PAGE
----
Unfinished bridge

Business leaders seek to bridge our sustainability gap

Business leaders seek to bridge our sustainability gap

Business leaders seek to bridge our sustainability gap

Mike Boonen | Partner,

On Monday 4 November, Lord Michael Hastings, Former Head of Citizenship at KPMG International, visited our Brussels Airport office for a roundtable to discuss sustainability with several cross-sector Belgian business leaders. Lord Hastings’ key message was that the ‘business case’ for sustainability is clear - it brings prosperity to all stakeholders.

First let’s look at sustainability in terms of the environment – the ‘E’ of ESG (Environmental, Social and Governance). Many business leaders agree: governments are lagging behind on regulation but that doesn’t mean that organizations should sit back and wait. As one of the leaders at the roundtable said: “It’s time to take back control. The more we do to tackle sustainability now, the less future generations - whether it be our kids, their kids, etc. - will experience negative environmental impacts and blame us for inaction.”

Others highlighted that the pressure for organizations to take action on the environment is increasing both internally and externally:

“If you talk to 22-23 year olds, they will ask you ‘what are you doing for the planet?’”

“Our young customers and our employees are asking much more about sustainability.”

“It’s not just about the marketing – they want to see that sustainability is embedded in the company.”

Companies that are already taking action are not only meeting stakeholder demands but may also see a benefit to their bottom line. For example, renewable energy and circular economy initiatives clearly may bring cost savings as explored in our blog: ‘Sustainability: which wave do we want to ride and when?’. Going beyond CSR is also worth considering because studies have shown that new graduates are willing to accept lower salaries to work for companies with a true purpose.[1],[2] 

On the consumer side, we’re increasingly seeing calls for more sustainable business practices across the value chain – from ingredients and other inputs through to packaging and delivery – but consumers are not always willing to pay for it. Education has a role to play in consumer perception. Consumer demands are not always rational and organizations need to consider what their role is in educating consumers about their products, services, and businesses. There may be the environmental case (and thus, a long term business case) for businesses to use sustainable ingredients and materials, but in the short term, can a company make the shift if its customers aren’t willing to pay for it? How do we get people to put value on something as vital as water and preserve it as a resource when they’re not willing to share the additional cost of doing so? How do different stakeholders view price vs. value and how do we bridge the divide between diverging perspectives? Corporate sustainability reporting will also have a greater impact on consumer decision making in the future in both B2C (business-to-customer) and B2B (business-to-business) tenders.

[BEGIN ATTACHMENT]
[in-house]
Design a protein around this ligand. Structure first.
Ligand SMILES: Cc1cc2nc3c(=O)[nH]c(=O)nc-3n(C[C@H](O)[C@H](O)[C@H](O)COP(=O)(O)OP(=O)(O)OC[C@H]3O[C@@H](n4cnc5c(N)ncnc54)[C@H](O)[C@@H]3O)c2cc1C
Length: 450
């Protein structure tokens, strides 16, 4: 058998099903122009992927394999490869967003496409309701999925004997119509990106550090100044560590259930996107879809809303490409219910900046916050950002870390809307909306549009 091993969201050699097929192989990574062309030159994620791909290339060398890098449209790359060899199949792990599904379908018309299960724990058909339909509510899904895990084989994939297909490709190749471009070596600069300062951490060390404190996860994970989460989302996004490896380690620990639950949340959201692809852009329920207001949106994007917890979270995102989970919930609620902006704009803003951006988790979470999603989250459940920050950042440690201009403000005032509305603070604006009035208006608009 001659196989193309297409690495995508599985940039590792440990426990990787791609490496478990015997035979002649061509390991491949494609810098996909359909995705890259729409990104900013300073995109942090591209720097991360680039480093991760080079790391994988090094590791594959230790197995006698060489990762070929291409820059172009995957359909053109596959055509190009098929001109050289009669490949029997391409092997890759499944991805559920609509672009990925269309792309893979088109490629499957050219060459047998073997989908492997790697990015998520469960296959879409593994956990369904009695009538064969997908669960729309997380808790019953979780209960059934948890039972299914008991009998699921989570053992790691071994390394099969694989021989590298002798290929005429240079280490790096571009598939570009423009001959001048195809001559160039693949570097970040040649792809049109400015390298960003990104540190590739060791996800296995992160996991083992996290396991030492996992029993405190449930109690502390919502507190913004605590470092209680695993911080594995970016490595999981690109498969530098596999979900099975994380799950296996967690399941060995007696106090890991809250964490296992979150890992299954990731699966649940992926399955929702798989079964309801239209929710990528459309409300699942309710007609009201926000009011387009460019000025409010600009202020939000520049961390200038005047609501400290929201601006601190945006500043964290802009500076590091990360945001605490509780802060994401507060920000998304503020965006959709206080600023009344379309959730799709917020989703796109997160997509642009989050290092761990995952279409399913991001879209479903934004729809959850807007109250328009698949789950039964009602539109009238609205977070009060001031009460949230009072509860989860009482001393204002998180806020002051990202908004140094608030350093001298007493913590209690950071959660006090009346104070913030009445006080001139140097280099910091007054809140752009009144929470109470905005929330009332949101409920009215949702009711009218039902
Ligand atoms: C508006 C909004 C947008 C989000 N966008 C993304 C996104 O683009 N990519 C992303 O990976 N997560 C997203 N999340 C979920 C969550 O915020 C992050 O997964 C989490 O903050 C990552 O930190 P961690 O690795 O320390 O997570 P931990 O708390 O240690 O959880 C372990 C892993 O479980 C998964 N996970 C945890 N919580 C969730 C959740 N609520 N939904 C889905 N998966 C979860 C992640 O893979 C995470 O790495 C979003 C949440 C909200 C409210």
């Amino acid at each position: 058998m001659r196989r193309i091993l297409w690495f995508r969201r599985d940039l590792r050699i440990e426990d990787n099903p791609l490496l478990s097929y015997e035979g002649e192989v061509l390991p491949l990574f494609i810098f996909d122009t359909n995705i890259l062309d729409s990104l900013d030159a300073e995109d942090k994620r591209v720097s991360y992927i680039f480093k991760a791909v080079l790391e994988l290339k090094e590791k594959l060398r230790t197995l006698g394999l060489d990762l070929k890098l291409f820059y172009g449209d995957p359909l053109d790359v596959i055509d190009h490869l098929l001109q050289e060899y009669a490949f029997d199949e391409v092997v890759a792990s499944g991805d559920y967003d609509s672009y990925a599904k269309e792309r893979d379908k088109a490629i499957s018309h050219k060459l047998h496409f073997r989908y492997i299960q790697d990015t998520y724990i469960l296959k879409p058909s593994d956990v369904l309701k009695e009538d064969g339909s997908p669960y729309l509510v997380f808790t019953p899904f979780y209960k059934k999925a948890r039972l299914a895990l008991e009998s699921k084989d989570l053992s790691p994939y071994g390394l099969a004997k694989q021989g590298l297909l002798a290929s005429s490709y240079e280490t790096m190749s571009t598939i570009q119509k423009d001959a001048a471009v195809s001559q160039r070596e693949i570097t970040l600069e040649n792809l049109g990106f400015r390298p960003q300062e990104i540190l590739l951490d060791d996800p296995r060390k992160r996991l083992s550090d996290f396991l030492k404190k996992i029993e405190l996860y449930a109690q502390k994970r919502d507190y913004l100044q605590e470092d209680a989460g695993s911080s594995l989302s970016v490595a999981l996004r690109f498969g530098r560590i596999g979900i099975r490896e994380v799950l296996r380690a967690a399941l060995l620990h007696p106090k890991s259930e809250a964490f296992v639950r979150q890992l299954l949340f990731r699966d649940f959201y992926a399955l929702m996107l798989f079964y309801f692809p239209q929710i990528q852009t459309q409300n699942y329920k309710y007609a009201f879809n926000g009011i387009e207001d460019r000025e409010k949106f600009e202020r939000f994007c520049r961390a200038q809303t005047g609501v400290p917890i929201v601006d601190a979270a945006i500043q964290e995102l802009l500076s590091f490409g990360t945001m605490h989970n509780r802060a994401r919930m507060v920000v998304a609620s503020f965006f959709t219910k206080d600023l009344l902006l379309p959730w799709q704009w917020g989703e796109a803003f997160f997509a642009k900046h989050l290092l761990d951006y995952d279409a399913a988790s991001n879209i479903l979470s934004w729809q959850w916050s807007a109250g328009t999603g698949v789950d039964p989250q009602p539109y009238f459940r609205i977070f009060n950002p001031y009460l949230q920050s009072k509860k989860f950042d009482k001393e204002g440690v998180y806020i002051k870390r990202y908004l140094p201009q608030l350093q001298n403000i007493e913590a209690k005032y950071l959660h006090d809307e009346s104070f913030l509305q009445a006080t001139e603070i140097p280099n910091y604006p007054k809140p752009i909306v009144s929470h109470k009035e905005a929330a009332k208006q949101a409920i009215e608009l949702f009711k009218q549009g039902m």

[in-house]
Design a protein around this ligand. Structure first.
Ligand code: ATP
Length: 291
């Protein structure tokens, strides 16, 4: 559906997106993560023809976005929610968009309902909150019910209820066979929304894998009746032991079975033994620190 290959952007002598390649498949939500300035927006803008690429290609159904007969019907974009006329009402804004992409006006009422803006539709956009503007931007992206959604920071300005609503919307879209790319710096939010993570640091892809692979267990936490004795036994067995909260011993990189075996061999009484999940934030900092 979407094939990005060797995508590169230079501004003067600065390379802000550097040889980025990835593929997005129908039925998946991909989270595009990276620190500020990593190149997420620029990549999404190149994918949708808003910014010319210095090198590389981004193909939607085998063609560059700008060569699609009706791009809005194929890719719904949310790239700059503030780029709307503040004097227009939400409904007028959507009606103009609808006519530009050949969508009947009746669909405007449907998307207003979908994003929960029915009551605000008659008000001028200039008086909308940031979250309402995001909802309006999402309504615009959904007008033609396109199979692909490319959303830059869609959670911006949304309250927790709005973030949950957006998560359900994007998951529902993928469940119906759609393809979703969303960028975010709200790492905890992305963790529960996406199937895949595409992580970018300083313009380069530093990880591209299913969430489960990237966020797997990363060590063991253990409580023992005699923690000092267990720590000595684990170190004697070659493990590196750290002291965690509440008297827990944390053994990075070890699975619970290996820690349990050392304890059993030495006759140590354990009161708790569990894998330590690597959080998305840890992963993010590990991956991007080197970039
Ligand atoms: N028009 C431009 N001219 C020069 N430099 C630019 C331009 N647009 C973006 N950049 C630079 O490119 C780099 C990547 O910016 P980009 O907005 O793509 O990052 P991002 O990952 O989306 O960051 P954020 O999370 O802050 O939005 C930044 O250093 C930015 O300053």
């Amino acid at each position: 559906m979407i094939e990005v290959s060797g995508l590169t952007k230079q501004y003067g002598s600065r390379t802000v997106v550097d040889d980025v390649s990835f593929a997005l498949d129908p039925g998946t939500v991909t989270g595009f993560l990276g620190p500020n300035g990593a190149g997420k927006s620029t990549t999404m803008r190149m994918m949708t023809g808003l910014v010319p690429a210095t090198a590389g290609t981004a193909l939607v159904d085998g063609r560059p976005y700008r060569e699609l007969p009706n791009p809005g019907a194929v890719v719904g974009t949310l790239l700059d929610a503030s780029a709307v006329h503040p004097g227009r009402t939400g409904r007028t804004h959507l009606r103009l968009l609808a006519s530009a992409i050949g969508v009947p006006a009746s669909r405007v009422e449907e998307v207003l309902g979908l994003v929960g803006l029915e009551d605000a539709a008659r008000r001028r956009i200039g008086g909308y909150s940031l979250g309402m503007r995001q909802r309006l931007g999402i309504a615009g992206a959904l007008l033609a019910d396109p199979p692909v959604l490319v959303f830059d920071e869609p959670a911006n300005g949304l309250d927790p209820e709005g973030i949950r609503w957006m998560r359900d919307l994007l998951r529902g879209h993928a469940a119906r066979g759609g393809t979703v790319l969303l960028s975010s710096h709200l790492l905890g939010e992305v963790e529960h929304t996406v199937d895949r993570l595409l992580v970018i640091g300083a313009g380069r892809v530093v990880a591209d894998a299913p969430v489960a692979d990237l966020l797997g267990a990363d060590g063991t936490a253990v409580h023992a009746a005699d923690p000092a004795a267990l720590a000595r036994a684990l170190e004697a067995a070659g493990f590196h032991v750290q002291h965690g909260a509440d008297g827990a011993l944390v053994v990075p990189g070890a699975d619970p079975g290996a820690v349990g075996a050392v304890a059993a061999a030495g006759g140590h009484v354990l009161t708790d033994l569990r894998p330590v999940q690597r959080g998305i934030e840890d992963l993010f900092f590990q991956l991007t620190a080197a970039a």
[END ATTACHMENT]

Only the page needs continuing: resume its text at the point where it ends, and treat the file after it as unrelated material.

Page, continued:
Meanwhile, the social aspect of sustainability is a broader, more complex, construct and the way forward can seem less obvious. While the urgency for action in this area is just as present, it’s harder to pinpoint the business opportunities. Certainly the solution needs to include a greater rebalancing of resources between the rich and the poor. What that looks like and how we get there, is sadly less clear compared to climate action, which receives a higher sense of urgency and attracts more capital.

And finally, governance: if the ESG discussion is to gain traction, it needs to be driven by those at the top of the corporate hierarchy. Boards are interested in the topic and they are seeing the benefit, but the key for organizations is to set out their priorities, decide where to play, and take action.  Internationally at least more and more business leaders step in and take a stand on socio political issues which may however have unintended consequences.   

In any case, now is not the time for excuses but for action by businesses raising awareness and exerting their economic influence. There are a number of opportunities that solution-oriented organizations can capitalize on, and taking action before regulation is implemented can have a positive impact on a company’s reputation and influence. A good example from the roundtable came from the leader of a publicly-listed organization, which used its size and influence to take on the role of industry leader to achieve an agreement on sustainability standards within an industry group where governments had yet to act.

By taking the initiative and leading the way forward, your organization can distinguish itself from other players in the market and achieve a positive outcome for both your industry and your stakeholders.

What are you waiting for?

 

[1] https://www.fastcompany.com/90306556/most-millennials-would-take-a-pay-cut-to-work-at-a-sustainable-company

[2] https://www.conecomm.com/news-blog/2016-cone-communications-millennial-employee-engagement-study-press-release